Economics of Land Degradation Initiative | Page 2 | Land Portal
Economics of Land Degradation Initiative logo
Acronym: 
EDL Initiative
Phone number: 
+49 228 4460-3740

Location

ELD Initiative Secretariat
Friedrich-Ebert-Allee 36
53113 Bonn
Germany
DE
Working languages: 
English

The Economics of Land Degradation (ELD) Initiative is an initiative on the economic benefits of land and land based ecosystems. The initiative highlights the value of sustainable land management and provides a global approach for analysis of the economics of land degradation. It aims to make economics of land degradation an integral part of policy strategies and decision making by increasing the political and public awareness of the costs and benefits of land and land-based ecosystems.

Our Vision

The partners’ vision of Economics of Land Degradation (ELD) Initiative is to transform global understanding of the value of land and create awareness of the economic case for sustainable land management that prevents loss of natural capital, secures livelihoods, preserves ecosystem services, combats climate change, and addresses food, energy, and water security, and to create capacity for the utilisation of economic information for sustainable land management.

Mission Statement

The central purpose and role of the Economics of Land Degradation (ELD) Initiative is that through an open inter-disciplinary partnership:

 

  • We work on the basis of a holistic framework built upon a recognized methodology to include the economic benefits of sustainable land management in political decision-making;

     

  • We build a compelling economic case for the benefits derived from sustainable land management from the local to the global level while applying a multi-level approach;

     

  • We estimate quantitatively the economic benefits derived from adopting sustainable land management practices and compare them to the costs of these practices;

     

  • We develop the capacities of decision-makers and land users through innovative formats to adapt and build their knowledge into national frameworks and action on the ground;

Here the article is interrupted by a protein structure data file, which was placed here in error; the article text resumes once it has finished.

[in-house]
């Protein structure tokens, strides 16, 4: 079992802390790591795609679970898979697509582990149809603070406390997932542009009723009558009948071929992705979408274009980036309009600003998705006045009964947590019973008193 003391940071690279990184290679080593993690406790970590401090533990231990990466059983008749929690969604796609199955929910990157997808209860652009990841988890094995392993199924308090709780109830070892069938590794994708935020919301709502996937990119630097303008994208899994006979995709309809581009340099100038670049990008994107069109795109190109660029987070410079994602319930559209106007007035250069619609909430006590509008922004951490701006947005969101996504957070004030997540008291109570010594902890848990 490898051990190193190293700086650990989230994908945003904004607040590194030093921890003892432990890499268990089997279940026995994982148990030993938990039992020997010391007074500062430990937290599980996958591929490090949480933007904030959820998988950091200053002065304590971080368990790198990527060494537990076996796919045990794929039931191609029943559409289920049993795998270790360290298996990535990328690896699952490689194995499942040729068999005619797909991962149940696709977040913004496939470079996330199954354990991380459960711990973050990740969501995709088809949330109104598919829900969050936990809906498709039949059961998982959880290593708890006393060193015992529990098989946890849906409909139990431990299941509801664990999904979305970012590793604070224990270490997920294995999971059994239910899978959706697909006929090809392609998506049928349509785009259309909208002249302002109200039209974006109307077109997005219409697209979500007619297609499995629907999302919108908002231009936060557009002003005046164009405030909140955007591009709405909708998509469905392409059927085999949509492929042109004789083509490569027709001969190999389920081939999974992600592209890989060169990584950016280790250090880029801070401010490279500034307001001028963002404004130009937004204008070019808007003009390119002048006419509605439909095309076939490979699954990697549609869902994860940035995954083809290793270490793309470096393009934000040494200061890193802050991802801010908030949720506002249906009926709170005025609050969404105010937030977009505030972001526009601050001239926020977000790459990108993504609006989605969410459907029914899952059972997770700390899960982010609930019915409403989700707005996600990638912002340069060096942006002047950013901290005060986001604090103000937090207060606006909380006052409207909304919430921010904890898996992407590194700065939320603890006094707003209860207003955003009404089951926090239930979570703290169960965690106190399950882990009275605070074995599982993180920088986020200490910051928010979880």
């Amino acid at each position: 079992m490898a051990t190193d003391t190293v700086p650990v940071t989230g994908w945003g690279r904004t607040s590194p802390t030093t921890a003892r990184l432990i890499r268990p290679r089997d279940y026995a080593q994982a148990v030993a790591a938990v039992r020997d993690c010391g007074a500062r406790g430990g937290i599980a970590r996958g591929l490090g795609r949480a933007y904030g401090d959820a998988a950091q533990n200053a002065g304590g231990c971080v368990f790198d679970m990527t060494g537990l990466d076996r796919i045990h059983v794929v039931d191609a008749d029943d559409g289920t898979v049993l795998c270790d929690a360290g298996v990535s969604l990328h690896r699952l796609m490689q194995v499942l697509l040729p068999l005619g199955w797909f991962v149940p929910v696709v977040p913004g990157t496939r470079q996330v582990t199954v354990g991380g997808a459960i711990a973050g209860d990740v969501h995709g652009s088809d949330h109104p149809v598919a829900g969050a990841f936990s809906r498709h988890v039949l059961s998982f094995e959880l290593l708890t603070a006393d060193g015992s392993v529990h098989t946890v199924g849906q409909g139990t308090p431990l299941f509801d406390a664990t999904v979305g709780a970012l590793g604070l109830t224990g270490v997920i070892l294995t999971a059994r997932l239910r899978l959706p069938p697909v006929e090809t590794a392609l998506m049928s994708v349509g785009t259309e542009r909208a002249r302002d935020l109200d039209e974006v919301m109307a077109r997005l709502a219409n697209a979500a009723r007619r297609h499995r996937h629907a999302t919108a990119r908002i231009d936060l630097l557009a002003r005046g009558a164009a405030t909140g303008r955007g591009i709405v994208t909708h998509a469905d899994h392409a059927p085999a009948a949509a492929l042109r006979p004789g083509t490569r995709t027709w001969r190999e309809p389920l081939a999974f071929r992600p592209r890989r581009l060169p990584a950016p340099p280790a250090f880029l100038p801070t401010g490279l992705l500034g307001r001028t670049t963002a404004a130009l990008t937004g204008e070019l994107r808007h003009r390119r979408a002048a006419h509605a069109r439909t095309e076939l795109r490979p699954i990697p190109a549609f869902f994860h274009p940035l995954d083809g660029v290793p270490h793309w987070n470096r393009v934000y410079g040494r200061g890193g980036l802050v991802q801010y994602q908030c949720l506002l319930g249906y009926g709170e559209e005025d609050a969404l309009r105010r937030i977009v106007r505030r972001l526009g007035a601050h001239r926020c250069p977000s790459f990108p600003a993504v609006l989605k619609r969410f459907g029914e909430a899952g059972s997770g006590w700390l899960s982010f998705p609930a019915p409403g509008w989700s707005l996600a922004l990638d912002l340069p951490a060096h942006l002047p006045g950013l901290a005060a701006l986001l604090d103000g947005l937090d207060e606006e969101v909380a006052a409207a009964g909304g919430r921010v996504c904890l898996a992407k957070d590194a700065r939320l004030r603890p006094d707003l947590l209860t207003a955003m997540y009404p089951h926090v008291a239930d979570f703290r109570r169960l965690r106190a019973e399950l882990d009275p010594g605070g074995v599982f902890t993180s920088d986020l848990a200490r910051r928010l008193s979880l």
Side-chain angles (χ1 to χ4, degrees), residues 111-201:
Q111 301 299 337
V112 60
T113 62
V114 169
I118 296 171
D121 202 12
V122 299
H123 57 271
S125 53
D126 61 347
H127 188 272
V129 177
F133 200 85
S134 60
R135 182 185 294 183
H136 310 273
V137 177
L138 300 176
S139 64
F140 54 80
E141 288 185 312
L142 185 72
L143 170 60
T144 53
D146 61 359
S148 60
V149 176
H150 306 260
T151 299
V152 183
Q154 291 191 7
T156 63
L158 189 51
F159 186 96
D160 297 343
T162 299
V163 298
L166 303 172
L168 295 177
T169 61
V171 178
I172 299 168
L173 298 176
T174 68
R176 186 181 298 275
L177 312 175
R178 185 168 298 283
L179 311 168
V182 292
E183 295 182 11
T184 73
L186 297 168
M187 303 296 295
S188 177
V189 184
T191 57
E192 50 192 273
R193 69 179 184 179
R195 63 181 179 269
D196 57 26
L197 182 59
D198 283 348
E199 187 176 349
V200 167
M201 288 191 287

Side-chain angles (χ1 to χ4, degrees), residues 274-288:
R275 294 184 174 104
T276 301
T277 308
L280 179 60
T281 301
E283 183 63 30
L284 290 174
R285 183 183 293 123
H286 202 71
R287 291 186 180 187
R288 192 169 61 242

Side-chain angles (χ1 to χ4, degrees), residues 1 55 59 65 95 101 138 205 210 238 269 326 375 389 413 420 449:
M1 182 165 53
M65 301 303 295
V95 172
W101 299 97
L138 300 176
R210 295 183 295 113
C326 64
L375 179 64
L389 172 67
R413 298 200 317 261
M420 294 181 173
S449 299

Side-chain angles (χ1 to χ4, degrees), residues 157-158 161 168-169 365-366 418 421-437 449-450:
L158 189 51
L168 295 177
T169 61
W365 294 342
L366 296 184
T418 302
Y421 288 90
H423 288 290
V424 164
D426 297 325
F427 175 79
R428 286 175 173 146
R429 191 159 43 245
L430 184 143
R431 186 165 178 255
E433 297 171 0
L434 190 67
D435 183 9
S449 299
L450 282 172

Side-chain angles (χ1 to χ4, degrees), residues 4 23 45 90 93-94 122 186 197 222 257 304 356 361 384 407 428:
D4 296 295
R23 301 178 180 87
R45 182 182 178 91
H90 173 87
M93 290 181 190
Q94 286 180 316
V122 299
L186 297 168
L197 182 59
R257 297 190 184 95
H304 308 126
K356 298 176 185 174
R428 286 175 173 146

• We stimulate the transformation towards land uses that provide fulfilling and secure livelihoods to all while growing natural capital, enhancing ecosystem services, boosting resilience and combating climate change;

     

  • We increase the awareness of the total value of land with its related ecosystem services;

     

  • We mainstream the full benefits of land in international and national land use strategies and action programmes by proposing effective solutions, tailored to country- or region-specific needs, including policies, and activities to reduce land degradation, mitigate climate change and the loss of biodiversity, and deliver food, energy, and water security worldwide.

Economics of Land Degradation Initiative Resources

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Library Resource
Economics of Land Degradation Initiative: Report for policy and decision makers cover image

Reaping economic and environmental benefits from sustainable land management

Reports & Research
Training Resources & Tools
September, 2015
Global

Considering the figures given in the foreword and found in the literature about the on-going and increasing degradation of land and land-based ecosystems and their productivity, this indicates a pressing need to re-design current policies and clearly defined guidance for future action for sustainable land management.

Library Resource
Institutional & promotional materials
August, 2015
Kazakhstan, Kyrgyzstan, Tajikistan, Turkmenistan, Uzbekistan, Central Asia

In this issue: ELD CA National teams defined and visited pilot research sites. ELD CA Initiative presented at the International Water Forum of Mountain Countries. ELD CA National teams defined ecosystem services and their valuation methods. ELD CA and UNDP BIOFIN project in Kazakhstan defined the cooperation during the
meeting in Astana. Strengthened the cooperation between ELD CA and partners in the region. Description of research pilot sites in the ELD approach in Central Asian countries.

Library Resource
Journal Articles & Books
December, 2014
Global

Land has a value for each and every one of us. Fertile soil provides us with plant life, vegetables, grains, and fibres. Forests supply us with timber and firewood. We benefit from fresh water, food, and many other ecosystem services that land provides us with. Land is also emotionally valuable to people as well, perhaps through associating treasured memories such as playing on it as a child. In any case, all societies and people assign historical and cultural value to their landscapes, their nature, and all natural phenomena associated with land. However, lands are in danger.

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